While the style continues to be stream-of-consciousness, it's (so far) much easier to follow.  Bloom is fixing breakfast for his wife Molly and his cat.  He's quite sweet about the cat, which (at least for me) makes him an immediately sympathetic character.  When he realizes there is nothing for his own breakfast, he decides to go to the butcher's.  He realizes he doesn't have his key, but he would have to go back into the bedroom and wake up Molly to get it, so he pulls the door mostly shut and goes on to the butcher's.  (a key again!)  He enjoys the warmth of the sun.  He's wearing black for a funeral later in the day, and he notices how much the sun's warmth is magnified by the black clothes.  At the butcher shop, he stands in line behind a woman neighbor, and notices her hips.  He hopes he can walk home behind her and watch her walk.  At home, he fixes his breakfast, takes the mail up to his wife (which includes a letter from Blazes, who--according to the commentary--will become her lover), and brings his own letter from his daughter Milly back down to read while he eats his breakfast.  Then-- there's no way to say this politely, sorry-- he goes out to the outhouse and takes a dump.  The, um, product isn't described in detail, but the process is.  He is happy with his regularity, shall we say.  He reads the paper while he's there, then tears off half of a prize-winning story to wipe.  He checks to make sure that his pants are still clean, since he still has to go to the funeral.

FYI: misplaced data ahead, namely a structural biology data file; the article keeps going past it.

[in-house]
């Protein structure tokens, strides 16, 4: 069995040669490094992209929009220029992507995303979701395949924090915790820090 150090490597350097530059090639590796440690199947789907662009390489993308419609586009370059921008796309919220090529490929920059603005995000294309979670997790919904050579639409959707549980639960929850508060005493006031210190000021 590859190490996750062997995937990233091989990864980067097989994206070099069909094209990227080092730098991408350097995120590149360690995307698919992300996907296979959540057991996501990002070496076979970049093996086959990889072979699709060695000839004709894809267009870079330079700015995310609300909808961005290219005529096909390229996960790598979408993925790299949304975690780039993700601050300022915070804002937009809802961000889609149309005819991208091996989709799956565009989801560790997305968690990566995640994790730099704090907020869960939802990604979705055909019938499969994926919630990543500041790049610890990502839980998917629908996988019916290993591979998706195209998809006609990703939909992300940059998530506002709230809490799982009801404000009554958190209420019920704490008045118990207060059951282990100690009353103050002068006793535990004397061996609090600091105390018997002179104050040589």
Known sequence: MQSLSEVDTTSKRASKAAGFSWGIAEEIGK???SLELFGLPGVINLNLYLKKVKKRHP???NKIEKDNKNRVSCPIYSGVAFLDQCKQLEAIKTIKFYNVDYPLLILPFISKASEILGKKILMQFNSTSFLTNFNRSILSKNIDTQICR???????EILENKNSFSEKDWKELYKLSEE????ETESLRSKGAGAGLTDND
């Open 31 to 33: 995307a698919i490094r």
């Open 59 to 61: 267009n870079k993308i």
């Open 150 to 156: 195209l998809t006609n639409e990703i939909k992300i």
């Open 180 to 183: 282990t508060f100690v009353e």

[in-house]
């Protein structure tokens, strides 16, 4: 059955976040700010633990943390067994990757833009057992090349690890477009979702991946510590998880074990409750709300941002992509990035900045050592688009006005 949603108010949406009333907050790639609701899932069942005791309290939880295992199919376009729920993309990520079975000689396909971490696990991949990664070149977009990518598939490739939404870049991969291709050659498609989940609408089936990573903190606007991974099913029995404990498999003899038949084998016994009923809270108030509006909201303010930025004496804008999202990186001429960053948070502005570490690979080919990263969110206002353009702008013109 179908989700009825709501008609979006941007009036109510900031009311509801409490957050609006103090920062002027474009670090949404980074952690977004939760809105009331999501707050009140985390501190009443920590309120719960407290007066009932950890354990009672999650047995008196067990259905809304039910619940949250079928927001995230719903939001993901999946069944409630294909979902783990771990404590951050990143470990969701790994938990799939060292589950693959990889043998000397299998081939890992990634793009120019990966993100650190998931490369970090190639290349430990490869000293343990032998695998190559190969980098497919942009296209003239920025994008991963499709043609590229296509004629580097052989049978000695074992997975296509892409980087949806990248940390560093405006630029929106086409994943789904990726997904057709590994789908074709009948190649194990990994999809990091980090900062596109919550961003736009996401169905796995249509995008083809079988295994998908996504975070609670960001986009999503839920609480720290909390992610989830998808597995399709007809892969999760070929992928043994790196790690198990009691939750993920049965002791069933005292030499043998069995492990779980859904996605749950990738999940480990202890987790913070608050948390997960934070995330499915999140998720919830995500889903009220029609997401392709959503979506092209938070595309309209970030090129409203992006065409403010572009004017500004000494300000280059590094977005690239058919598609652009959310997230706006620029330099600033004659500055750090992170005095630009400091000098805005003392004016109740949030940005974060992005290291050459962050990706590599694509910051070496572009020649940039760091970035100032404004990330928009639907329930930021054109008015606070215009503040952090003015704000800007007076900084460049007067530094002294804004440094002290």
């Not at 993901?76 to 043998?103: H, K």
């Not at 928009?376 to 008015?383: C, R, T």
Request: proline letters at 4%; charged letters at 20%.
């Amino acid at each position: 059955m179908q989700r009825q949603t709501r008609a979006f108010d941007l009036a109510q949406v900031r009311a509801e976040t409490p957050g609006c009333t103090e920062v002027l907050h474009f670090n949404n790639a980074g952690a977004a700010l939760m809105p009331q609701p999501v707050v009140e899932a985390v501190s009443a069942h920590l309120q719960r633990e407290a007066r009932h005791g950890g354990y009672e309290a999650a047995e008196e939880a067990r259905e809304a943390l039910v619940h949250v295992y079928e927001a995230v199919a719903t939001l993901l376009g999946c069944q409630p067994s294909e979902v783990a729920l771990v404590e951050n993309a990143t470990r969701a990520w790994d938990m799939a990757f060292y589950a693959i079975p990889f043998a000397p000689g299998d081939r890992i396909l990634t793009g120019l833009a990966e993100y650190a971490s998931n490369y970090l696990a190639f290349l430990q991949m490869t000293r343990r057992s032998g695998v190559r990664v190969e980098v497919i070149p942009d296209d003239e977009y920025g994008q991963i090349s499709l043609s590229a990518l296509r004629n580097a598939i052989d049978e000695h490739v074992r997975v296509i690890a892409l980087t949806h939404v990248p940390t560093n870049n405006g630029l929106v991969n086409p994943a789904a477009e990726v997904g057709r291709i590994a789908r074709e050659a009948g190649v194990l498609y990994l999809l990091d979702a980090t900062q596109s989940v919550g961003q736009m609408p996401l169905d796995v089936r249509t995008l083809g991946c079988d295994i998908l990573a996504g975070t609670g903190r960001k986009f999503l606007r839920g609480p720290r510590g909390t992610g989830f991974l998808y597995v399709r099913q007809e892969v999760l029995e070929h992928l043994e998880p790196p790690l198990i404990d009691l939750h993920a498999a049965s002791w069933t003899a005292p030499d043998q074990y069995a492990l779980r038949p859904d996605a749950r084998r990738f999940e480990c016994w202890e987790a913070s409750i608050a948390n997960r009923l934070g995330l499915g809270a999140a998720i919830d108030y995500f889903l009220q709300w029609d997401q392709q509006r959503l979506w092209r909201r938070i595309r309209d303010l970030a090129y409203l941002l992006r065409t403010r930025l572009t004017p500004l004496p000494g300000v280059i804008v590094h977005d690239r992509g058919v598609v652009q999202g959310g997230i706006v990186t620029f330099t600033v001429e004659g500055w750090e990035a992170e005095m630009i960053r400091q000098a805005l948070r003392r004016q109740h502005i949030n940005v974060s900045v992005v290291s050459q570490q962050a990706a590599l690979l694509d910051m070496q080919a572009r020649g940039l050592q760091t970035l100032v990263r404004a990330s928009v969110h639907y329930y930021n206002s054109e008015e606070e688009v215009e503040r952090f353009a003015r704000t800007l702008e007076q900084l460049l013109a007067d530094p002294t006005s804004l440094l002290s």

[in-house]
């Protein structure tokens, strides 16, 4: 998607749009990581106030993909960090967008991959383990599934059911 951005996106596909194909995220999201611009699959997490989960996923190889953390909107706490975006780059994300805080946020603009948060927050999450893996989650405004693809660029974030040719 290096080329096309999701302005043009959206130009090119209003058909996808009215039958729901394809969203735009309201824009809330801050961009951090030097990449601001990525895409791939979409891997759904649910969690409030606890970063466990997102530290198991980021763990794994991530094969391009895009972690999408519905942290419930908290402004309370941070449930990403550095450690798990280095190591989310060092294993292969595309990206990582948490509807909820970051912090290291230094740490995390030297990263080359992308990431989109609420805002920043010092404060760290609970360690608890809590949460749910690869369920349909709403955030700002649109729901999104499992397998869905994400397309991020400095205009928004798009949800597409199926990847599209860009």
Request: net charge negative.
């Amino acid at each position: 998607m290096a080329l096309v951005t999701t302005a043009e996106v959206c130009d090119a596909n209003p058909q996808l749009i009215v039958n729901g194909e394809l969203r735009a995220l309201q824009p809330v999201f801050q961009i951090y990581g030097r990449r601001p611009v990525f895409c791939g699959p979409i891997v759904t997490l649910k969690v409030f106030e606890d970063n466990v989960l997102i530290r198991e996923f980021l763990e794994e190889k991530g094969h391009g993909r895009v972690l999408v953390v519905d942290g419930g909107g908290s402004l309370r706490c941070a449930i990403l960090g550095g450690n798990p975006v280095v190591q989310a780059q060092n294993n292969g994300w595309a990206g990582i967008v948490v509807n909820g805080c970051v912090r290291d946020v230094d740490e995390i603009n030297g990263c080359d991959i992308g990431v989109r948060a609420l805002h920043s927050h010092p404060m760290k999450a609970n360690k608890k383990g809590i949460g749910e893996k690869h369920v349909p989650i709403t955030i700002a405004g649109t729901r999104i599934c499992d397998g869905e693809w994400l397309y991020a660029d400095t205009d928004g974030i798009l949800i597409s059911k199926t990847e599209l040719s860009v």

the style in this chapter is quite different.  Bloom thinks in much shorter phrases, that come at you more abruptly.  he thinks about his daughter's ripening sexuality:  "O well: she knows how to mind herself.  But if not?  No, nothing has happened.  Of course it might.  Wait in any case till it does.  A wild piece of goods.  Her slim legs running up the staircase.  Destiny.  Ripening now.  Vain:  very."  Quite a change from Stephen's long abstract thoughts, that twine around from one subject to the next.  with both of them, though, the reading experience is the same.  You understand five or six lines, and then there's five or six (or twenty) lines that are incomprehensible, and then suddenly you pick up the thread again and there's another five or six lines you understand.  I can see why you have to read this several times before you start to get it.

To back up a bit:  this next semester, I'm taking a seminar on Jane Austen and ... wait for it... the History of Feminist Theory.  Sorry about that, because if you follow along here you know you're going to have to live through it with me.  As if I haven't already typed enough about that.  But it's a very small department, and there weren't very many graduate classes being offered next semester.  And given my driving schedule, there really were only those two classes that would work.  But we're supposed to take three courses per semester, which left me in a bit of a dilemma.  So I started poking around looking for something interesting to do for an independent study, and came upon one of the professors I had last year who is working on Ulysses.  I e-mailed him, he agreed, and voila.  But I need to get Ulysses read for the first time before the semester starts so I can be of some use to him.  I'm sure I'll have to read it at least once more before I can even begin to comprehend it, and who knows what else he'll assign me to read.  I'm looking forward to that more than either of the regular classes.

1 comment:

  1. Holy crap! I am SO glad you are deciphering this for me. Gawd, my brain hurts just thinking about it. But, I AM enjoying seeing it this way, very much.